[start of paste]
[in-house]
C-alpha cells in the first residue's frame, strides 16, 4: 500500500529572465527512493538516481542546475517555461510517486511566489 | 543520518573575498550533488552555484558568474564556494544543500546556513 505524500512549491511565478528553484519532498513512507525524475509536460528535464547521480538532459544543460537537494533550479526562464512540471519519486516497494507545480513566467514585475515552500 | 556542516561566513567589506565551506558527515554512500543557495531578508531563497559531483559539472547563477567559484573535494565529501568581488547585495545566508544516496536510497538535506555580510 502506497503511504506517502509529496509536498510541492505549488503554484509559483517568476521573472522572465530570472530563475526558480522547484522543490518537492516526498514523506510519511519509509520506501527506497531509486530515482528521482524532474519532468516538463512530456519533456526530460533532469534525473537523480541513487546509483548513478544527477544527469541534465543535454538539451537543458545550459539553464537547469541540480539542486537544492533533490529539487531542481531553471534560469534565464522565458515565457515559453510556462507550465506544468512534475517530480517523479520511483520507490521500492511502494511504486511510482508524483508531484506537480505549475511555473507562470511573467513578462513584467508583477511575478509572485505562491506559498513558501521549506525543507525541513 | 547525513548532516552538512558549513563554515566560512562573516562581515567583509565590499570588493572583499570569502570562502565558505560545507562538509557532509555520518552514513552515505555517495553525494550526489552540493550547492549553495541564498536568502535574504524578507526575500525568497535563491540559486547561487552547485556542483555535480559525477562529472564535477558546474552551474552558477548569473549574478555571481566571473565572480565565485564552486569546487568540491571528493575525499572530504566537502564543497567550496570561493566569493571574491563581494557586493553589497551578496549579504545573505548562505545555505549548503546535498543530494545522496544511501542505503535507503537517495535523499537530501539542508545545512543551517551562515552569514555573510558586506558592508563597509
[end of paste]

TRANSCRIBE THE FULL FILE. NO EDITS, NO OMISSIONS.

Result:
[in-house]
C-alpha cells in the first residue's frame, strides 16, 4: 500500500529572465527512493538516481542546475517555461510517486511566489 | 543520518573575498550533488552555484558568474564556494544543500546556513 505524500512549491511565478528553484519532498513512507525524475509536460528535464547521480538532459544543460537537494533550479526562464512540471519519486516497494507545480513566467514585475515552500 | 556542516561566513567589506565551506558527515554512500543557495531578508531563497559531483559539472547563477567559484573535494565529501568581488547585495545566508544516496536510497538535506555580510 502506497503511504506517502509529496509536498510541492505549488503554484509559483517568476521573472522572465530570472530563475526558480522547484522543490518537492516526498514523506510519511519509509520506501527506497531509486530515482528521482524532474519532468516538463512530456519533456526530460533532469534525473537523480541513487546509483548513478544527477544527469541534465543535454538539451537543458545550459539553464537547469541540480539542486537544492533533490529539487531542481531553471534560469534565464522565458515565457515559453510556462507550465506544468512534475517530480517523479520511483520507490521500492511502494511504486511510482508524483508531484506537480505549475511555473507562470511573467513578462513584467508583477511575478509572485505562491506559498513558501521549506525543507525541513 | 547525513548532516552538512558549513563554515566560512562573516562581515567583509565590499570588493572583499570569502570562502565558505560545507562538509557532509555520518552514513552515505555517495553525494550526489552540493550547492549553495541564498536568502535574504524578507526575500525568497535563491540559486547561487552547485556542483555535480559525477562529472564535477558546474552551474552558477548569473549574478555571481566571473565572480565565485564552486569546487568540491571528493575525499572530504566537502564543497567550496570561493566569493571574491563581494557586493553589497551578496549579504545573505548562505545555505549548503546535498543530494545522496544511501542505503535507503537517495535523499537530501539542508545545512543551517551562515552569514555573510558586506558592508563597509